You can imagine my consternation when, upon arriving at a lovely cottage for the weekend, I was confronted by this:
Displayed with pride at the foot of the stairs. In the living room.
After pulling the metaphoric arrow out of my heart, I said to another guest, “I will be up in the night to give this abomination a decent burial off the north dock.”
She-who-will-remain-nameless, gave me an odd look. “Why? she said. “It’s cute.”
The world might be changing and rearranging, but judging from the reticence of the Cleveland Indians, Washington Redskins, and the Atlanta Braves to change their names, Native appropriation is still alive and kicking. Celebrities sport headdresses and Sexy Indian girl is still considered a go-to Halloween costume among many young women. Most people don’t seem to know or care why these things are considered offensive by Native Americans.
The cottage owners were of a certain generation that would be shocked to hear they were racist. They’d be confounded to know I was appalled and saddened by their “folk art.” My guess is, they thought they were in some way honouring the “noble red man” that their settler colonial ancestors killed off to own the land their cottage stood upon. They would not have felt comfortable appropriating Jewish culture by putting a statue of a guy wearing a Yamaka standing with a Torah at the foot of their stairs, so why an “Indian” with crossed arms, sheathed knife, wolf tooth necklace, and buffalo skull at his feet? Why, in the age of political correctness, is it still acceptable to grandstand a “noble Indian” as folk art in one’s living room?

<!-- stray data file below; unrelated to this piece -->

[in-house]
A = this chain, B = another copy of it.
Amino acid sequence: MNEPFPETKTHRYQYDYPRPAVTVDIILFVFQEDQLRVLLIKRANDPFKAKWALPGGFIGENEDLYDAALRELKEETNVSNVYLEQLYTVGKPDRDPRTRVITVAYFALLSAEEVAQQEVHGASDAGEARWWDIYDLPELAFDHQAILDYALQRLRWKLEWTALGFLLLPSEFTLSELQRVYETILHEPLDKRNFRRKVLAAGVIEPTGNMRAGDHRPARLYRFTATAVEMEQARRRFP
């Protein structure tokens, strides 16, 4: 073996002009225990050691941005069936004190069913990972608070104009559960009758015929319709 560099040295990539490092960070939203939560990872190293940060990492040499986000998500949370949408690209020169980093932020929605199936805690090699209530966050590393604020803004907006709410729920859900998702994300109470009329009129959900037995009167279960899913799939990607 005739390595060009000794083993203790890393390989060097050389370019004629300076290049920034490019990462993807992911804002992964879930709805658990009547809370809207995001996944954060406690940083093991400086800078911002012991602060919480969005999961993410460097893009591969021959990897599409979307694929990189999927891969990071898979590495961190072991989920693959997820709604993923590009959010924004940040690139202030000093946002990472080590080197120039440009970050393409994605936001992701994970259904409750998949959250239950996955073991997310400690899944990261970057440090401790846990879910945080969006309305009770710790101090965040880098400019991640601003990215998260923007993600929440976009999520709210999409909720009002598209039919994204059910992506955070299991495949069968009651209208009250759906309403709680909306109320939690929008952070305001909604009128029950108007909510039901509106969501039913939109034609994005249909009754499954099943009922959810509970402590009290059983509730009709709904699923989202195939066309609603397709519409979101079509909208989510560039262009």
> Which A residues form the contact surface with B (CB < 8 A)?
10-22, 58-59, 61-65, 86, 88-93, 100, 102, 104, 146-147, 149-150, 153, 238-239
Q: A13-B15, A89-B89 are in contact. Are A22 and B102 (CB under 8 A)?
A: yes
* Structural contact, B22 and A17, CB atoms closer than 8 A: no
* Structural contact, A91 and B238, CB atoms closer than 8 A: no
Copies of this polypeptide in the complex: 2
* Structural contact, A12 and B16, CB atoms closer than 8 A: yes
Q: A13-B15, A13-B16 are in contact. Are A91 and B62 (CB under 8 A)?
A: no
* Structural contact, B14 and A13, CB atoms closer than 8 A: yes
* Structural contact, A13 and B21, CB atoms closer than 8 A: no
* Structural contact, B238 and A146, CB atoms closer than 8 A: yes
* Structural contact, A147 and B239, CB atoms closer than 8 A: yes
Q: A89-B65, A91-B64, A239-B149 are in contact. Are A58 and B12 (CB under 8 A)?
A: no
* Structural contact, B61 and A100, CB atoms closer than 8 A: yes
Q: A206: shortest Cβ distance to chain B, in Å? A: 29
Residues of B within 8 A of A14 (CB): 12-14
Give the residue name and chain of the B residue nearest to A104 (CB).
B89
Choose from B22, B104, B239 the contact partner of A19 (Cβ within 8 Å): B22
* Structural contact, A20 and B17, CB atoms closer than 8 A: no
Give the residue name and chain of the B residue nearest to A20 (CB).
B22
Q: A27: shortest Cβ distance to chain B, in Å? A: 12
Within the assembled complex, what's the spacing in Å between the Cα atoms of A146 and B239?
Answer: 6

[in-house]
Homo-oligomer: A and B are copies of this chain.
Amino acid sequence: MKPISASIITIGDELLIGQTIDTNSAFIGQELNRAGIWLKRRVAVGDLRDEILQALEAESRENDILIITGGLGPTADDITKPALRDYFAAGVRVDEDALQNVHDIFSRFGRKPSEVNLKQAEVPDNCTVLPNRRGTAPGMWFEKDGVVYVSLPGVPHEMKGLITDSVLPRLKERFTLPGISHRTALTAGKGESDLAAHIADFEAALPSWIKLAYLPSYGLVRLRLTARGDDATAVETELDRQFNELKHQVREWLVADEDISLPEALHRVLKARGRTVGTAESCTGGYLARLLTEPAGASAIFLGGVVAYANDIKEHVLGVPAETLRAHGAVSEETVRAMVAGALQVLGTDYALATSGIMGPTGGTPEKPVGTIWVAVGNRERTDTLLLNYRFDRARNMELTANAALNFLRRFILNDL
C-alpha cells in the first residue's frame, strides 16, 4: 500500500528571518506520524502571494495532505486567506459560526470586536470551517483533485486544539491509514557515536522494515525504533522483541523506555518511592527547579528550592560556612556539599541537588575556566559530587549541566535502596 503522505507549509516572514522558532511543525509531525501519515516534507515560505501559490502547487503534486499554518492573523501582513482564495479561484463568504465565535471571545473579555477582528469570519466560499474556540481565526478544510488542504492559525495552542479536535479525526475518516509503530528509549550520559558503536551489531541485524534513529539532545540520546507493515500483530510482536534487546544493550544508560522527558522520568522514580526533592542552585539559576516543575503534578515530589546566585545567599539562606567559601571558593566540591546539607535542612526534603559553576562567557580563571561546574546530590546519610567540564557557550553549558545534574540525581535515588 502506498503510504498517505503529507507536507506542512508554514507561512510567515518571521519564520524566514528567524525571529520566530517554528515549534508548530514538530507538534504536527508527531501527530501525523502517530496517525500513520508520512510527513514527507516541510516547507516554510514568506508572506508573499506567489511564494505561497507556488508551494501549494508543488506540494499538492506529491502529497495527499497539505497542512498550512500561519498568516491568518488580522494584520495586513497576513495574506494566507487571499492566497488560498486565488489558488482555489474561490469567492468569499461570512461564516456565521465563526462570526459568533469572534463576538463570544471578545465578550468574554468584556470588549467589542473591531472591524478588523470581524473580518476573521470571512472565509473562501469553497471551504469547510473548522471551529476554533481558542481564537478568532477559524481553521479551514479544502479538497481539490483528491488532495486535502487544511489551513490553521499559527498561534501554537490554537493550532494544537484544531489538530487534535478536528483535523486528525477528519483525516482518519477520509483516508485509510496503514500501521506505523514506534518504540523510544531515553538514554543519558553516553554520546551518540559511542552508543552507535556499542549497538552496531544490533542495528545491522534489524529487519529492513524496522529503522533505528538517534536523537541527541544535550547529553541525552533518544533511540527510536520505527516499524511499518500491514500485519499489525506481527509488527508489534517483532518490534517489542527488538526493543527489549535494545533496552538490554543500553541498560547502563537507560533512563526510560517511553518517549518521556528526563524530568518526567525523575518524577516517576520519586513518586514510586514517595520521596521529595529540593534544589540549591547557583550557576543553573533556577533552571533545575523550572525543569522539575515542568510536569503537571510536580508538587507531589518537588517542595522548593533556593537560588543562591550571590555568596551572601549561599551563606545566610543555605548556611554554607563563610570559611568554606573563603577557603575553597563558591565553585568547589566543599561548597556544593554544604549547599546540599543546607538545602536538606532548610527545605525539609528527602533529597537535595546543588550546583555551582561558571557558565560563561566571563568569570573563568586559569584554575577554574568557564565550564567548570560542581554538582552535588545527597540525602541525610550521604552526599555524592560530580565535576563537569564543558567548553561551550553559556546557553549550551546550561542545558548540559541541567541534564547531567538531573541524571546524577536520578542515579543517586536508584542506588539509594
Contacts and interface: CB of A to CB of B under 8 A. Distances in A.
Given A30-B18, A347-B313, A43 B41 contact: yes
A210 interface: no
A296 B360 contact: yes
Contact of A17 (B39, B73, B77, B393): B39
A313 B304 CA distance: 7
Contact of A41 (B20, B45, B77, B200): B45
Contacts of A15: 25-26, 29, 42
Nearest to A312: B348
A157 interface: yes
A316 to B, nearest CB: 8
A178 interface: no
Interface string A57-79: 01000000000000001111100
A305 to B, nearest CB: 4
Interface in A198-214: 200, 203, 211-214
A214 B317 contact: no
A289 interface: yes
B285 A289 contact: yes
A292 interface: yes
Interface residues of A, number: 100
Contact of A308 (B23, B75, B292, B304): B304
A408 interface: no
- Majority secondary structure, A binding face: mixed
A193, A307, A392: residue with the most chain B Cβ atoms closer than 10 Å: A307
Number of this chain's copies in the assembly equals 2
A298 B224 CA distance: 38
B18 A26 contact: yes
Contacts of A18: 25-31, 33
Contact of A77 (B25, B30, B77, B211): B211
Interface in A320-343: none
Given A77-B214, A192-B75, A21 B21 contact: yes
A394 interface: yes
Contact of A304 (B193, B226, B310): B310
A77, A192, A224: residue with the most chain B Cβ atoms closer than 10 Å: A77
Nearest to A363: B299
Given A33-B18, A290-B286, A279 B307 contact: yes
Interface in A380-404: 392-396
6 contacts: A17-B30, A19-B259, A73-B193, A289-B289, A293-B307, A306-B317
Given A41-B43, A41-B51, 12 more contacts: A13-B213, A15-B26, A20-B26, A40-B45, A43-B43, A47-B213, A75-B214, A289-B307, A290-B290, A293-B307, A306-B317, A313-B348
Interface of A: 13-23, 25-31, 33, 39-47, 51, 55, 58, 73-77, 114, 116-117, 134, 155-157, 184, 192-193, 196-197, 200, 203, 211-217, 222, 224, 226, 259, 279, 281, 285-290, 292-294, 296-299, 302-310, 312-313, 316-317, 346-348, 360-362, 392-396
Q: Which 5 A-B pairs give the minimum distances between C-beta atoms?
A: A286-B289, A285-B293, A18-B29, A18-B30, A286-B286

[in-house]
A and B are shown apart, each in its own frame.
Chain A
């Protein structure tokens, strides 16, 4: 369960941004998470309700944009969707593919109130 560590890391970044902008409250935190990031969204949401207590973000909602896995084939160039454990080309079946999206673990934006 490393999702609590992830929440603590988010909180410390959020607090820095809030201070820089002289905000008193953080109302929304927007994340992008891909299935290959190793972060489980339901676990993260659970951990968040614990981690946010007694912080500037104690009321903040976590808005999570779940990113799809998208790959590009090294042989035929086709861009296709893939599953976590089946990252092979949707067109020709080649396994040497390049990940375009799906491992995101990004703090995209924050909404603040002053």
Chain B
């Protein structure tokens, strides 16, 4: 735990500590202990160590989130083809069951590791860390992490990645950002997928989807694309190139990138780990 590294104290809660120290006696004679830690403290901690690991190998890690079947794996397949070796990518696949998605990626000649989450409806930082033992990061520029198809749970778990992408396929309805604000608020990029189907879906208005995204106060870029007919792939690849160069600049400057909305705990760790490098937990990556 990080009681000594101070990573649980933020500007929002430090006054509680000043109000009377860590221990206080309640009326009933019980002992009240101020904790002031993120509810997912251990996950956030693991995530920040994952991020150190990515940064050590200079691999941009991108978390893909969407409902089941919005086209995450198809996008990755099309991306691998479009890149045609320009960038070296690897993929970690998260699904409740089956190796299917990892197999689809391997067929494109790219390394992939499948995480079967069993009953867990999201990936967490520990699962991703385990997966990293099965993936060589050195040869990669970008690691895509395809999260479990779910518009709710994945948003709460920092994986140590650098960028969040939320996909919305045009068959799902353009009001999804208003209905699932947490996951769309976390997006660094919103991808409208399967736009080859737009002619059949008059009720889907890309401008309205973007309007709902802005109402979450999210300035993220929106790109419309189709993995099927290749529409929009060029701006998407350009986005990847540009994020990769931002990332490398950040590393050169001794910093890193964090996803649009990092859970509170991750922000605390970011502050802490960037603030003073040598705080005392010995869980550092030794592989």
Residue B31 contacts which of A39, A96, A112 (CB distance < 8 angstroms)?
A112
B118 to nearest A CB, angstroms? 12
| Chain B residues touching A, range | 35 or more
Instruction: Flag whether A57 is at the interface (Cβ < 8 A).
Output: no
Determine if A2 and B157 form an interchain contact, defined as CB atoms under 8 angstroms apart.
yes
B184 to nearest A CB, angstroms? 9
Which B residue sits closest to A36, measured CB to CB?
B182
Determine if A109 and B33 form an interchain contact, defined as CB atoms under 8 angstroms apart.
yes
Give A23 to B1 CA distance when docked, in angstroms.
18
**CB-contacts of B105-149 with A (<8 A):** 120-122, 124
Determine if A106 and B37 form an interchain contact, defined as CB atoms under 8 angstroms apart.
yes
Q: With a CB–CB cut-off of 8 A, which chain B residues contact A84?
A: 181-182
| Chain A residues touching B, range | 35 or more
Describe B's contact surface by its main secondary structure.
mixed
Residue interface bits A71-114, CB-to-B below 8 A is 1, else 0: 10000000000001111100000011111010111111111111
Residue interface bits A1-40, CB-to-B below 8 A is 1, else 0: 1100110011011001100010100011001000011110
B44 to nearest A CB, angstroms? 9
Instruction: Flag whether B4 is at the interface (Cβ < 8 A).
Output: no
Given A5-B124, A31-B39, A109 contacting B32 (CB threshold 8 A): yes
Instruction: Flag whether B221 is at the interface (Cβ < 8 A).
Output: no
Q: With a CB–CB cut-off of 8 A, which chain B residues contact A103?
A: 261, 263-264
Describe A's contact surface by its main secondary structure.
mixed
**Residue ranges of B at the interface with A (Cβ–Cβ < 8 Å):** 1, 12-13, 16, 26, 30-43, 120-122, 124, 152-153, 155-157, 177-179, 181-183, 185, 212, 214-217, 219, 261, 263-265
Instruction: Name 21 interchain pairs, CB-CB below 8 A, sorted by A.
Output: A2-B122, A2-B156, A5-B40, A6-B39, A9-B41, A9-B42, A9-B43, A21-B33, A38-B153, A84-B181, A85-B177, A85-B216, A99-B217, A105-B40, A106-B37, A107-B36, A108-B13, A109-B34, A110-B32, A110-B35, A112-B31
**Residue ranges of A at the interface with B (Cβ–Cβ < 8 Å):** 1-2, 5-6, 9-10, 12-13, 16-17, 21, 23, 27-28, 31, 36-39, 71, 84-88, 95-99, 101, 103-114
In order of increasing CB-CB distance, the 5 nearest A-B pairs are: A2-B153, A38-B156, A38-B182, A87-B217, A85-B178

Because this goes beyond “political correctness,” as Barbara Munson points out over at over at Indians.org She writes: “A history of systematic genocide has decimated over 95% of the indigenous population of the Americas. Stereotypes, ignorance, silent inaction and even naive innocence damage and destroy individual lives and whole cultures. Racism kills.”
“You might say <dismissive phrase>, but these issues of representation matter. They matter because Indigenous peoples were slated for extinction with the arrival of colonists, and in order to obtain the land and the resources, Native peoples had to be removed from the land. We were <violent verb, past tense> and <violent verb, past tense>, and in order to justify this, we had to be painted as <negative adjective>, <negative adjective>, and <negative adjective>. Your cultural appropriation just continues that process, continuing to erase our current existence and disrespect our cultural heritage. We are <positive adjective>, <positive adjective> communities, and deserve to be treated with respect.”
So if you’ve got an old Pocohontas costume lying around, are thinking of doing the tomahawk chop at a Braves game, or hanging an eagle feather from your rear view mirror, remember, cultural appropriation is not cute. It doesn’t represent something admirable. It’s racism.Share: